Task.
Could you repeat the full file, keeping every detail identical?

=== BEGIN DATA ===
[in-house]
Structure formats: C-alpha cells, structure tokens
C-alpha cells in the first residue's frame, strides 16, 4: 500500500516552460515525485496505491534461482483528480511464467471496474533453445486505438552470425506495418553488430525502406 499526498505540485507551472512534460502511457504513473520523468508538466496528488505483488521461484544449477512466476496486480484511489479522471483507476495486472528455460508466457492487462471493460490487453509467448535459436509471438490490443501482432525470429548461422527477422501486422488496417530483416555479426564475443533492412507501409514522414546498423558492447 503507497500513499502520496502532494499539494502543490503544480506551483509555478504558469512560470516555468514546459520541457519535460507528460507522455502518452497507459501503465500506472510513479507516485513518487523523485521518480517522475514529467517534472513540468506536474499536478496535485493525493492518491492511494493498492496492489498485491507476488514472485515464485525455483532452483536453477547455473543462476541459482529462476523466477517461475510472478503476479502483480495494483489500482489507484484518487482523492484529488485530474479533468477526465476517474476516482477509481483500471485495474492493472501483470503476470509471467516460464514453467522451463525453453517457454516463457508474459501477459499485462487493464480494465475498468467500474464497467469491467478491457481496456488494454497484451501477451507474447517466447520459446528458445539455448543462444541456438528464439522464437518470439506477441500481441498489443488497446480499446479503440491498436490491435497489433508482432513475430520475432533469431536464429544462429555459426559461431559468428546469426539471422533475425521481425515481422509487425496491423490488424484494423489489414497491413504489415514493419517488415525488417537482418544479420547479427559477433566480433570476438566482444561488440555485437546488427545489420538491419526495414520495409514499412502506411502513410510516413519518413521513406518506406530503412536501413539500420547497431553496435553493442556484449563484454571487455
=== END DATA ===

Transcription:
[in-house]
Structure formats: C-alpha cells, structure tokens
C-alpha cells in the first residue's frame, strides 16, 4: 500500500516552460515525485496505491534461482483528480511464467471496474533453445486505438552470425506495418553488430525502406 499526498505540485507551472512534460502511457504513473520523468508538466496528488505483488521461484544449477512466476496486480484511489479522471483507476495486472528455460508466457492487462471493460490487453509467448535459436509471438490490443501482432525470429548461422527477422501486422488496417530483416555479426564475443533492412507501409514522414546498423558492447 503507497500513499502520496502532494499539494502543490503544480506551483509555478504558469512560470516555468514546459520541457519535460507528460507522455502518452497507459501503465500506472510513479507516485513518487523523485521518480517522475514529467517534472513540468506536474499536478496535485493525493492518491492511494493498492496492489498485491507476488514472485515464485525455483532452483536453477547455473543462476541459482529462476523466477517461475510472478503476479502483480495494483489500482489507484484518487482523492484529488485530474479533468477526465476517474476516482477509481483500471485495474492493472501483470503476470509471467516460464514453467522451463525453453517457454516463457508474459501477459499485462487493464480494465475498468467500474464497467469491467478491457481496456488494454497484451501477451507474447517466447520459446528458445539455448543462444541456438528464439522464437518470439506477441500481441498489443488497446480499446479503440491498436490491435497489433508482432513475430520475432533469431536464429544462429555459426559461431559468428546469426539471422533475425521481425515481422509487425496491423490488424484494423489489414497491413504489415514493419517488415525488417537482418544479420547479427559477433566480433570476438566482444561488440555485437546488427545489420538491419526495414520495409514499412502506411502513410510516413519518413521513406518506406530503412536501413539500420547497431553496435553493442556484449563484454571487455